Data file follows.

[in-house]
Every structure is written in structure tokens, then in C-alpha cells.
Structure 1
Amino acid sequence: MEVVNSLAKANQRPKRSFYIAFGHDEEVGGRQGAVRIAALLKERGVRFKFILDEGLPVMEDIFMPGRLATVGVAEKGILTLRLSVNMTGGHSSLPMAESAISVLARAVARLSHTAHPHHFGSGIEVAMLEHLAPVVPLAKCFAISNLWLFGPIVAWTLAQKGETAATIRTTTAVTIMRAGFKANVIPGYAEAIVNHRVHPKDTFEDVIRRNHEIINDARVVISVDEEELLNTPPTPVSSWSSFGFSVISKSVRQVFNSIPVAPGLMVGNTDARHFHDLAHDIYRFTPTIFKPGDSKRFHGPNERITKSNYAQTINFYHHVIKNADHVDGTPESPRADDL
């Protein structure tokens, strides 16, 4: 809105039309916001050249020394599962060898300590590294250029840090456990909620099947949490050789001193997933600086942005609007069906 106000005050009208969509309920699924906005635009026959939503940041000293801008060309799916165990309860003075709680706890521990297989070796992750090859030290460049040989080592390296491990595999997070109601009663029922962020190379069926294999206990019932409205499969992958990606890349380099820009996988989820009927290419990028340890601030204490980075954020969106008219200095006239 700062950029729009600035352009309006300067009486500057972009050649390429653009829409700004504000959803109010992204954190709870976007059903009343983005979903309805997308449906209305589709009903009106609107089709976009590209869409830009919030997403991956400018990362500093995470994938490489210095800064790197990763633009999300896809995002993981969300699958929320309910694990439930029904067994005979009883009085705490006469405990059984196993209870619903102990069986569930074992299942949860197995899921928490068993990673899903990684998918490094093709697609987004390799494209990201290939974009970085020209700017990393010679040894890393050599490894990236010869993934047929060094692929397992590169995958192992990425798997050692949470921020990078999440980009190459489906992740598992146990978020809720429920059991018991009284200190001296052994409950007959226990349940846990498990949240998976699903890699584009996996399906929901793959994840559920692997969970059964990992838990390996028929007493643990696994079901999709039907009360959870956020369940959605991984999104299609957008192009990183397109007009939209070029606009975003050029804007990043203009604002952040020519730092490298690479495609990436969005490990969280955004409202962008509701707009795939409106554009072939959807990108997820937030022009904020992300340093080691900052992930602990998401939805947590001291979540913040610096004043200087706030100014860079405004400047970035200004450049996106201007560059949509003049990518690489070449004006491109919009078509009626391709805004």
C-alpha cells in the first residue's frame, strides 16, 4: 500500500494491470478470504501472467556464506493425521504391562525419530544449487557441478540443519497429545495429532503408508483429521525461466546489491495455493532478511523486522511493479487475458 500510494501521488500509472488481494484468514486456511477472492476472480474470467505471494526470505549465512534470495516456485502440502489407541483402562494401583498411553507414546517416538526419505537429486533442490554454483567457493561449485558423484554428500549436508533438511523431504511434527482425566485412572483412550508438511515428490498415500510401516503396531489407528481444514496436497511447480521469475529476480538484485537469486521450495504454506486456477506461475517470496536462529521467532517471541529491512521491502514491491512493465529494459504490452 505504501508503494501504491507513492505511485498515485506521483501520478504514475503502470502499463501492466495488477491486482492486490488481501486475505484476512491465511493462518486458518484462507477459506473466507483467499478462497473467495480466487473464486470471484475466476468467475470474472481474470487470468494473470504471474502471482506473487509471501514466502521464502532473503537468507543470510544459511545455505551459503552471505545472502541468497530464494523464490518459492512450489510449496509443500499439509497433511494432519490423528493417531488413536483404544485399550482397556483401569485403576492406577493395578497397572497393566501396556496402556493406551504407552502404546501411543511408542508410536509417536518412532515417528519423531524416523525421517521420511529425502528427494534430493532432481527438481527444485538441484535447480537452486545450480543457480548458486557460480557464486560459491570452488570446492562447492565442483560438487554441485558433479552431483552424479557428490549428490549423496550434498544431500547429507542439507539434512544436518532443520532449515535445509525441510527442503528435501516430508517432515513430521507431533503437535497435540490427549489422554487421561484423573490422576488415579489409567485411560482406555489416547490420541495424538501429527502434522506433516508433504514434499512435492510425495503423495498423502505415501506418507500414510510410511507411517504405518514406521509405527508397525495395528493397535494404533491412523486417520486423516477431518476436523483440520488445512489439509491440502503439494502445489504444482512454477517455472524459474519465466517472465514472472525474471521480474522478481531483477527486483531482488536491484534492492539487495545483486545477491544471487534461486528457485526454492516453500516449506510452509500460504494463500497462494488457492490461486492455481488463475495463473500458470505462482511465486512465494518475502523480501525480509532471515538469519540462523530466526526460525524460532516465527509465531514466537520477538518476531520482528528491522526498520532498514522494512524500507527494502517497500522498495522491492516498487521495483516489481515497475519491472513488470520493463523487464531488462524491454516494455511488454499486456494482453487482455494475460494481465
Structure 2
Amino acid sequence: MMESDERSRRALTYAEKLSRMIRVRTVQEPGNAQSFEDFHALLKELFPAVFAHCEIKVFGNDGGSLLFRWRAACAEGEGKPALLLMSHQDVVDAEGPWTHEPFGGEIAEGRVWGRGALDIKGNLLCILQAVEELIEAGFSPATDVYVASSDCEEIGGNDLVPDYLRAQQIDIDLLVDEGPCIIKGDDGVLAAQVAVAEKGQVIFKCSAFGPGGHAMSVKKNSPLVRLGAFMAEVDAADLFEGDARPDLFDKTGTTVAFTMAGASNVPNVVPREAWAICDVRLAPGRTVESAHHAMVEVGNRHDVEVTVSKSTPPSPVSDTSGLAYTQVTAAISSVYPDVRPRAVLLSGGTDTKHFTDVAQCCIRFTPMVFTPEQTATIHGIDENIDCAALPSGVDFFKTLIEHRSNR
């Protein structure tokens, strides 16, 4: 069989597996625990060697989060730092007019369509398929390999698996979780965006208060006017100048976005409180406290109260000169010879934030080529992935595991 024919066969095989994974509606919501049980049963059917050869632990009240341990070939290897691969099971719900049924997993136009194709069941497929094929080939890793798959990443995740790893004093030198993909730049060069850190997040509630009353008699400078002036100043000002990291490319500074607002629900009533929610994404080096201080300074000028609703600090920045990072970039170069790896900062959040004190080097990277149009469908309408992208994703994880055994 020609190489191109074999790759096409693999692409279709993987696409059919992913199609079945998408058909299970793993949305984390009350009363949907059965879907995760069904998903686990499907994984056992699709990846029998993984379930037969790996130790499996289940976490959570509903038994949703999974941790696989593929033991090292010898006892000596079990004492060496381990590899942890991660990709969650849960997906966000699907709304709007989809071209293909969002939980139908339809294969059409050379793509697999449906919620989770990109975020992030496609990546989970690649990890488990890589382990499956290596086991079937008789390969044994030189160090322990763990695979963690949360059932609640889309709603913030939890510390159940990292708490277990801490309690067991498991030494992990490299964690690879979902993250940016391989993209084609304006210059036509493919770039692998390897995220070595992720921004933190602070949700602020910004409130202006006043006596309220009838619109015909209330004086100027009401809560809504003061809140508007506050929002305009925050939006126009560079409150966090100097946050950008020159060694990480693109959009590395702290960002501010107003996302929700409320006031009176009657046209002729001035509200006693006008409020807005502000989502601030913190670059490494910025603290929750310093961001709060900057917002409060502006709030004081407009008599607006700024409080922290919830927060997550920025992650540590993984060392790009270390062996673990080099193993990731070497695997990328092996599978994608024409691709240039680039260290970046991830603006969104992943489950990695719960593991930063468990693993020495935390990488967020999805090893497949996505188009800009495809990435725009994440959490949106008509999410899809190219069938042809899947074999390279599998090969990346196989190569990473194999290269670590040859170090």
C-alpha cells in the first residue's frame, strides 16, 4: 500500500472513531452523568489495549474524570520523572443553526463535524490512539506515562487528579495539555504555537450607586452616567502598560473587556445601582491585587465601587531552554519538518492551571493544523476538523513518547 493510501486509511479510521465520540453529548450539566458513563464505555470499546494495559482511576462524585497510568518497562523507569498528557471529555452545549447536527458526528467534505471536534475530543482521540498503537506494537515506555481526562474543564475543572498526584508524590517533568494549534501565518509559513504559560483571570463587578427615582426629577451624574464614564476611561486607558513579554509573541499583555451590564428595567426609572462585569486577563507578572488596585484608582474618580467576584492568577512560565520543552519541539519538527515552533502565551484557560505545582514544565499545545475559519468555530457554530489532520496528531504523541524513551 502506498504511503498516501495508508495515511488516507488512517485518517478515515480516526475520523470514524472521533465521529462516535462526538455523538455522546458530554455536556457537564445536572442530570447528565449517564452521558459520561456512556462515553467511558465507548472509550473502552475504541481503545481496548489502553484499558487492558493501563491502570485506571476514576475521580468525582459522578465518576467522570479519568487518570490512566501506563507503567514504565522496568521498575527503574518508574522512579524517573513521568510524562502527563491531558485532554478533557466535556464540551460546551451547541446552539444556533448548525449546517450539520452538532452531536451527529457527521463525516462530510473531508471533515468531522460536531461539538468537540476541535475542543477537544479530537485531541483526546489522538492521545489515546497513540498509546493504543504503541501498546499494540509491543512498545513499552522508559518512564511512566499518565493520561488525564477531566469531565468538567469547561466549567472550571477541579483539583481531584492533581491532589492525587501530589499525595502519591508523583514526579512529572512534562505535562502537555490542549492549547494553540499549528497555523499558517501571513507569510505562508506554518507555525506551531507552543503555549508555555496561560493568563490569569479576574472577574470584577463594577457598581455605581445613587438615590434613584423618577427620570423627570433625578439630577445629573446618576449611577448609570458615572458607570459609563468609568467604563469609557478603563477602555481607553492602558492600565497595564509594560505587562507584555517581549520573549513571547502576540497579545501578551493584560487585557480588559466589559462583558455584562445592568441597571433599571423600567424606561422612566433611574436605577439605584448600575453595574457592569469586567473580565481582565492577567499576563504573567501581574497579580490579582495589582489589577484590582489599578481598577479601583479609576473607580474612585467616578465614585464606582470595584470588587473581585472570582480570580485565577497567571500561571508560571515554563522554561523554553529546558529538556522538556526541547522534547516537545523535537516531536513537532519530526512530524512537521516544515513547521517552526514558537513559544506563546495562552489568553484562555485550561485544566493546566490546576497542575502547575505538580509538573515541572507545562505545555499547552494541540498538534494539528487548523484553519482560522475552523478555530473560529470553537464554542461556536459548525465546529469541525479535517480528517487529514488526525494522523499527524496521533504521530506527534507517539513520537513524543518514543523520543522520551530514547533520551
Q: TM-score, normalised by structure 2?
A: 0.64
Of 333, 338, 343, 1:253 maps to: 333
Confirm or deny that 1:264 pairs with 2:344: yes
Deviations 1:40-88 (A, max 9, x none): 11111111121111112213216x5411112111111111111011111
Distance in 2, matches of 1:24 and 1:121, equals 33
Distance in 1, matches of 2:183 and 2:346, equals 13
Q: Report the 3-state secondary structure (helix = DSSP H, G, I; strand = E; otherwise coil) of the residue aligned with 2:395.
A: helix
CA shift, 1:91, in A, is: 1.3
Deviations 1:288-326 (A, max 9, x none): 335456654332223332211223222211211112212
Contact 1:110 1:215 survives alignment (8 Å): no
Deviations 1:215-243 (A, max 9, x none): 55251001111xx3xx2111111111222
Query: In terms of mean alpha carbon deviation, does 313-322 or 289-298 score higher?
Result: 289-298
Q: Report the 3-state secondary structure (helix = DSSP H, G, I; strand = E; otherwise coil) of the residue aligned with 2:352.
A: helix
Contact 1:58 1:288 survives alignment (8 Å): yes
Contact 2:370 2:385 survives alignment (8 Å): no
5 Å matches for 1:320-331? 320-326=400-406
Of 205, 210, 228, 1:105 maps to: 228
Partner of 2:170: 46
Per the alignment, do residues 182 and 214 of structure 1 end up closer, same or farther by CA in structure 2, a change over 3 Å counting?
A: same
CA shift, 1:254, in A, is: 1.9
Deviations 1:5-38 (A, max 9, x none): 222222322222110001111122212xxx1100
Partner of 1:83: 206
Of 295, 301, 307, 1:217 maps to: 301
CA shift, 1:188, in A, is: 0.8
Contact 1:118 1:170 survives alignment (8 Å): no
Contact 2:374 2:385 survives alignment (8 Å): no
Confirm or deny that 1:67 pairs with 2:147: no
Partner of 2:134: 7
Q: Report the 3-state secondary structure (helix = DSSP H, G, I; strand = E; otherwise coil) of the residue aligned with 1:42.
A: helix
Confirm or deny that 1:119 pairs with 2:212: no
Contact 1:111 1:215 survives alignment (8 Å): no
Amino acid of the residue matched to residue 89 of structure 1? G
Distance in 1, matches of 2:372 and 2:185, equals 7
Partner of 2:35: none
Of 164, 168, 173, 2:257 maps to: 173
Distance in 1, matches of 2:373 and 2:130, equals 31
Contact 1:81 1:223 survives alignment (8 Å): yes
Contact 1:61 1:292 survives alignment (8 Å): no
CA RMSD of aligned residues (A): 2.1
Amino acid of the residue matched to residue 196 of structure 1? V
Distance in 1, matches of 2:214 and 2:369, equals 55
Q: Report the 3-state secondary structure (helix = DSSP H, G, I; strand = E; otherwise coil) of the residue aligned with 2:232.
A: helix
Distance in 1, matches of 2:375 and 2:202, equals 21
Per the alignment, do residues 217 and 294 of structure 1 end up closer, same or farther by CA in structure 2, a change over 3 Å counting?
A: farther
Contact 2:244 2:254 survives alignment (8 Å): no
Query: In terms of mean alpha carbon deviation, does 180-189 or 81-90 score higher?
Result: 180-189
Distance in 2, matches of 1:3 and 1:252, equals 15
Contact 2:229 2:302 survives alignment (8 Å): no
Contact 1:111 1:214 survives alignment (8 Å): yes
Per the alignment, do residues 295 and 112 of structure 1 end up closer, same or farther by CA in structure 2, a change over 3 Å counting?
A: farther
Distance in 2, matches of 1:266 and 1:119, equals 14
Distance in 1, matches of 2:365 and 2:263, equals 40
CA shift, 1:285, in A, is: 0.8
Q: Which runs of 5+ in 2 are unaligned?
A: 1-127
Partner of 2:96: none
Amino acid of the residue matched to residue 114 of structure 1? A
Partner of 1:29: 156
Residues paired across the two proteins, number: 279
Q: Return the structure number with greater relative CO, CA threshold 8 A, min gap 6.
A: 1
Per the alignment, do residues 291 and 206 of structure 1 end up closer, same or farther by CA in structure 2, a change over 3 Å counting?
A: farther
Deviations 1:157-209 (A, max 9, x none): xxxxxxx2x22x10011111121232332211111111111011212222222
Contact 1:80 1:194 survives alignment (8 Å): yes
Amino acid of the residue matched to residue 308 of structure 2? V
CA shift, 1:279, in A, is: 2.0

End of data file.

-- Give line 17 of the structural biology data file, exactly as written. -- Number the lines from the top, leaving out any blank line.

Distance in 1, matches of 2:183 and 2:346, equals 13